Abstract

This paper investigates the relationship between buffer size and long-term average TCP performance in dense wavelength division multiplexing (DWDM) networks. By investigating TCP NewReno, we demonstrate that buffer requirements are related to the number of wavelength channels at a bottleneck. With sufficient wavelengths, high throughput can be obtained with a buffer of one packet per channel; furthermore, there may be situations where an entirely bufferless optical packet switching (OPS) will become feasible. For this study, we develop new evaluation tools. First, we propose a method based on a two-part analytical model, with a new “open loop” component which approximates packet discarding in a bottleneck DWDM switch, and a “closed loop” fixed-point which reflects the impact of TCP. This analytical method provides accurate and scalable approximations of throughput and packet loss rate that can be used as part of a tool for DWDM network and switch design. Second, we propose an extrapolation technique to allow simulation of TCP over long ultra-high bit rate links, avoiding the intractable processing and memory requirements of direct simulation. This extrapolation technique enables us to validate the analytical model for arbitrarily high bit rate scenarios.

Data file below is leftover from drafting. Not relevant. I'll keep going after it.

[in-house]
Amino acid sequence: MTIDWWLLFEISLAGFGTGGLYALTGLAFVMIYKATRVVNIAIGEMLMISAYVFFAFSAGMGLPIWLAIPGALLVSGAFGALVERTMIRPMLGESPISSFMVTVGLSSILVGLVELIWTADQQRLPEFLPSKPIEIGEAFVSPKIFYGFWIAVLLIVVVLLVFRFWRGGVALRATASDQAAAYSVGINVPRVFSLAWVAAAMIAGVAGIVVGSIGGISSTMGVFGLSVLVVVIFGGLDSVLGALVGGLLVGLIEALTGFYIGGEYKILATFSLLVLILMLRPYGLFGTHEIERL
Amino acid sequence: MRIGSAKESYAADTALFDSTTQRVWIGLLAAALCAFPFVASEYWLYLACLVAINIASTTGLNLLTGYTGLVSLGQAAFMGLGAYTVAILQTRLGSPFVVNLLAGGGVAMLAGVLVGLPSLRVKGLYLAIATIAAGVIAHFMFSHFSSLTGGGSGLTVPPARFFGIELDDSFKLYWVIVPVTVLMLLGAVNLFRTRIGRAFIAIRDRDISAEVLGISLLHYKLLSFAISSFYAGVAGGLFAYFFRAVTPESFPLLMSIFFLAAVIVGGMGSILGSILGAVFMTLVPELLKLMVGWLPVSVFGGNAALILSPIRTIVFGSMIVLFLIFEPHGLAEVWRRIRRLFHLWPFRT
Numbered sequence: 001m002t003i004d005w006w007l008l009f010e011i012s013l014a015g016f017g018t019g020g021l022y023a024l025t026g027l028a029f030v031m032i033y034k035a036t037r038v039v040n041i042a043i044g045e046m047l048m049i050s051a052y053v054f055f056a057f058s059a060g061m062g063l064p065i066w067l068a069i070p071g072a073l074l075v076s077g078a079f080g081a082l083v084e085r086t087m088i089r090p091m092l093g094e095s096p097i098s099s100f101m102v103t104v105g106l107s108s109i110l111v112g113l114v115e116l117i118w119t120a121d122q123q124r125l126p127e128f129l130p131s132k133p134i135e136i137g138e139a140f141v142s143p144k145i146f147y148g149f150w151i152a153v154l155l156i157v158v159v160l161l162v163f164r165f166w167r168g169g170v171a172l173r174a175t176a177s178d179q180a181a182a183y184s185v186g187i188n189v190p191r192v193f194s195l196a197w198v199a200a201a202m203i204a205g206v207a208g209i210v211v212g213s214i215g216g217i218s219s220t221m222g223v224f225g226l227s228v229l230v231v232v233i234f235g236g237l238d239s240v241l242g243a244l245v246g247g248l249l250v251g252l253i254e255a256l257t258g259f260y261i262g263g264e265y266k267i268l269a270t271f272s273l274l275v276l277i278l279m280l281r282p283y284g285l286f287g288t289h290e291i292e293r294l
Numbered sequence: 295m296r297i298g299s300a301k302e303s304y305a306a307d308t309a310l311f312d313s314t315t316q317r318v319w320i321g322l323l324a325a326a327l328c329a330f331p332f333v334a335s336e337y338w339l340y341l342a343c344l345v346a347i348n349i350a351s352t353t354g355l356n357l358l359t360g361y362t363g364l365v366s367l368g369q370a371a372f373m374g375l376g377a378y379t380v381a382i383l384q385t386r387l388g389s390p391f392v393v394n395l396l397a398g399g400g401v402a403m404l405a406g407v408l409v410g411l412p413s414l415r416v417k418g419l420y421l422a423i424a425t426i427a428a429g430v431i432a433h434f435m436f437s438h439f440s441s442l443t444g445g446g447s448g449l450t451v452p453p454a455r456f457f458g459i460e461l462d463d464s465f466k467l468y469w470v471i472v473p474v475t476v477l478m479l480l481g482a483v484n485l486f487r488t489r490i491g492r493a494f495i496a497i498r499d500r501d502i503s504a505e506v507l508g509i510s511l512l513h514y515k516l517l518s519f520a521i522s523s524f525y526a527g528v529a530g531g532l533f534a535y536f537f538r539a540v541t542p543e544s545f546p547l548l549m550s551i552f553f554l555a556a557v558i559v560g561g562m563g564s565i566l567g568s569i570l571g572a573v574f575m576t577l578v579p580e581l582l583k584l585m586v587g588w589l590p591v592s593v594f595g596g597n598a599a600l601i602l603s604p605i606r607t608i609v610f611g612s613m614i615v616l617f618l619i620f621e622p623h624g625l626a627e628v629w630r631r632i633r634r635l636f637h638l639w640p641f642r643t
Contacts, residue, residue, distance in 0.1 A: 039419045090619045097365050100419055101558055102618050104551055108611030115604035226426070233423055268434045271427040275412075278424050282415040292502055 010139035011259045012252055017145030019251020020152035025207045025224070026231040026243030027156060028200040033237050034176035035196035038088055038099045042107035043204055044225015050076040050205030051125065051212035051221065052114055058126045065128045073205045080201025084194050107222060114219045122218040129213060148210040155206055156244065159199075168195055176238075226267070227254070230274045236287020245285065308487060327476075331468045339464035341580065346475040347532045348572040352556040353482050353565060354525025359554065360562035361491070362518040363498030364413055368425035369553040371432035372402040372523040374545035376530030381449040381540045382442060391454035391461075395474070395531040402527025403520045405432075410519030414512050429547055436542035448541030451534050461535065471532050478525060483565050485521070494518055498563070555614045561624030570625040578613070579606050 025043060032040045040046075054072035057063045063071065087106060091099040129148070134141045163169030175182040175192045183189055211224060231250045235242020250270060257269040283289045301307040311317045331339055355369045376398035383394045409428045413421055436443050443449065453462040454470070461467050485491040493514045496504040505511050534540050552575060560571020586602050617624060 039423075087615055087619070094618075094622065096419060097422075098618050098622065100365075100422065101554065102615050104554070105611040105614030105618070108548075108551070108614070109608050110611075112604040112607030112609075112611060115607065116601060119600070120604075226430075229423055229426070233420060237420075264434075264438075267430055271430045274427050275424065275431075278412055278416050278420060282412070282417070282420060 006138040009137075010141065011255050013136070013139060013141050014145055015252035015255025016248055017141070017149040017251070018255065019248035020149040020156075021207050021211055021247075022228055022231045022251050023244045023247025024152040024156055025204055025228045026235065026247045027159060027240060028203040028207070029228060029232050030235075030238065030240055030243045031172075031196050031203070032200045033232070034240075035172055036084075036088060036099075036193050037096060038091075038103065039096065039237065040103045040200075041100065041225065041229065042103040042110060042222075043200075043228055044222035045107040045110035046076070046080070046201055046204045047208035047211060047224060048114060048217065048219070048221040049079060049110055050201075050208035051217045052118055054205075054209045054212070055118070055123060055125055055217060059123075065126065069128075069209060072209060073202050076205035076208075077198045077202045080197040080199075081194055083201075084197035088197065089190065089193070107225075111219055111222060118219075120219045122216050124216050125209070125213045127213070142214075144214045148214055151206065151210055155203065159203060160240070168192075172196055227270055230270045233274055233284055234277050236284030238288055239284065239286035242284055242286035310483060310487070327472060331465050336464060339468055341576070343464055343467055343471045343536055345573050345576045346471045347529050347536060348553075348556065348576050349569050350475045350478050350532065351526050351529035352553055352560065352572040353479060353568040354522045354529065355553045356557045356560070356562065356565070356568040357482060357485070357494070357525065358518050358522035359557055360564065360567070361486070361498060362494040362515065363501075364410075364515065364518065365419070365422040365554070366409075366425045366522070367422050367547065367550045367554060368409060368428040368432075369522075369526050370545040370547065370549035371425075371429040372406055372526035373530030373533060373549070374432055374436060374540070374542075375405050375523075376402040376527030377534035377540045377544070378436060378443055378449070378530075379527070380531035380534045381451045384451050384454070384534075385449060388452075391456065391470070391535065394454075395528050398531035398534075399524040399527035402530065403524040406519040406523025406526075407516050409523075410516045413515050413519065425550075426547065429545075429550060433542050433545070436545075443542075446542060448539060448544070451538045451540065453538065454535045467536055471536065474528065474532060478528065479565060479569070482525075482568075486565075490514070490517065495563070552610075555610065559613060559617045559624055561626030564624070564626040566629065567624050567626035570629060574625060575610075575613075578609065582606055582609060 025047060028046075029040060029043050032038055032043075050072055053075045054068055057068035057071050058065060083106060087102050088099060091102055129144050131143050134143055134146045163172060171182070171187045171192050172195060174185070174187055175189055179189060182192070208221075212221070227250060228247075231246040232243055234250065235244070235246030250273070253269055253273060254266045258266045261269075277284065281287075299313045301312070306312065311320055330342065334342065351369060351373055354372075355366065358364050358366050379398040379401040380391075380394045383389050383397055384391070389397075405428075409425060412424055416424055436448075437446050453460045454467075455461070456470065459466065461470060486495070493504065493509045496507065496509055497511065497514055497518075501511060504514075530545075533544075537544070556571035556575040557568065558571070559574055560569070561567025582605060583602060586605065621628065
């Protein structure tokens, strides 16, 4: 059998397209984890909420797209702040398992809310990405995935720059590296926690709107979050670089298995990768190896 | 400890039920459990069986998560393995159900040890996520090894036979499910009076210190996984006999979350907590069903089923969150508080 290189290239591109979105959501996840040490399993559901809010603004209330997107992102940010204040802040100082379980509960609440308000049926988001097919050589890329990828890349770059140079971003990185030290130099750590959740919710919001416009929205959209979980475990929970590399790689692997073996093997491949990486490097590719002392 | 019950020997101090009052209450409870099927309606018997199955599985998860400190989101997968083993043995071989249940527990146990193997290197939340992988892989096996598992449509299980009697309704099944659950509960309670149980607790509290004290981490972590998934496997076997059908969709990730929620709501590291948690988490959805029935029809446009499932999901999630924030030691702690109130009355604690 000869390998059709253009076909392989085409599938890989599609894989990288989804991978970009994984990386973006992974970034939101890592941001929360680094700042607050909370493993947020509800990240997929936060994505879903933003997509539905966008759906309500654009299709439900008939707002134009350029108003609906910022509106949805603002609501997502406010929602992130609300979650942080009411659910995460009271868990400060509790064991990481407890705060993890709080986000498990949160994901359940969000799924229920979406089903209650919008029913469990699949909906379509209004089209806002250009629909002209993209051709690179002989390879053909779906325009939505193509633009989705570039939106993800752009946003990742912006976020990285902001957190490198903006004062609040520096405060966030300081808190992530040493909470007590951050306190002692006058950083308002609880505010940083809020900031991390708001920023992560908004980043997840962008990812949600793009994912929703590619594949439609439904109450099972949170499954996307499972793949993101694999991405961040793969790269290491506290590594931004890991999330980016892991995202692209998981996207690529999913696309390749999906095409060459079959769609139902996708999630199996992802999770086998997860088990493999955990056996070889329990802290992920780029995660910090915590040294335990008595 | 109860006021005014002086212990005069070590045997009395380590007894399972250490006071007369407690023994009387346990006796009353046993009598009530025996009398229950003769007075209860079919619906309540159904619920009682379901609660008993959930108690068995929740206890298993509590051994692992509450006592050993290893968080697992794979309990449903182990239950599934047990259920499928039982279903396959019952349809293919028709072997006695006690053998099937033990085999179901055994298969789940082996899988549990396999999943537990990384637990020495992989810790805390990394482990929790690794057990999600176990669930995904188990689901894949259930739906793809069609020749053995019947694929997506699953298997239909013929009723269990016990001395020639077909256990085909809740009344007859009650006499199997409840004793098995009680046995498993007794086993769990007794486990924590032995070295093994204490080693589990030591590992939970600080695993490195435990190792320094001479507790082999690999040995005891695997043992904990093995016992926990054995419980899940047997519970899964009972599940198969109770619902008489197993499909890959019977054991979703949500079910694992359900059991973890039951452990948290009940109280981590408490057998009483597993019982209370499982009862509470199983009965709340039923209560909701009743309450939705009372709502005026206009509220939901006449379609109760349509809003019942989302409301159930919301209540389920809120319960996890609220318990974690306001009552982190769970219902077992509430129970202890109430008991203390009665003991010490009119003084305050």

© 2009 IEEE

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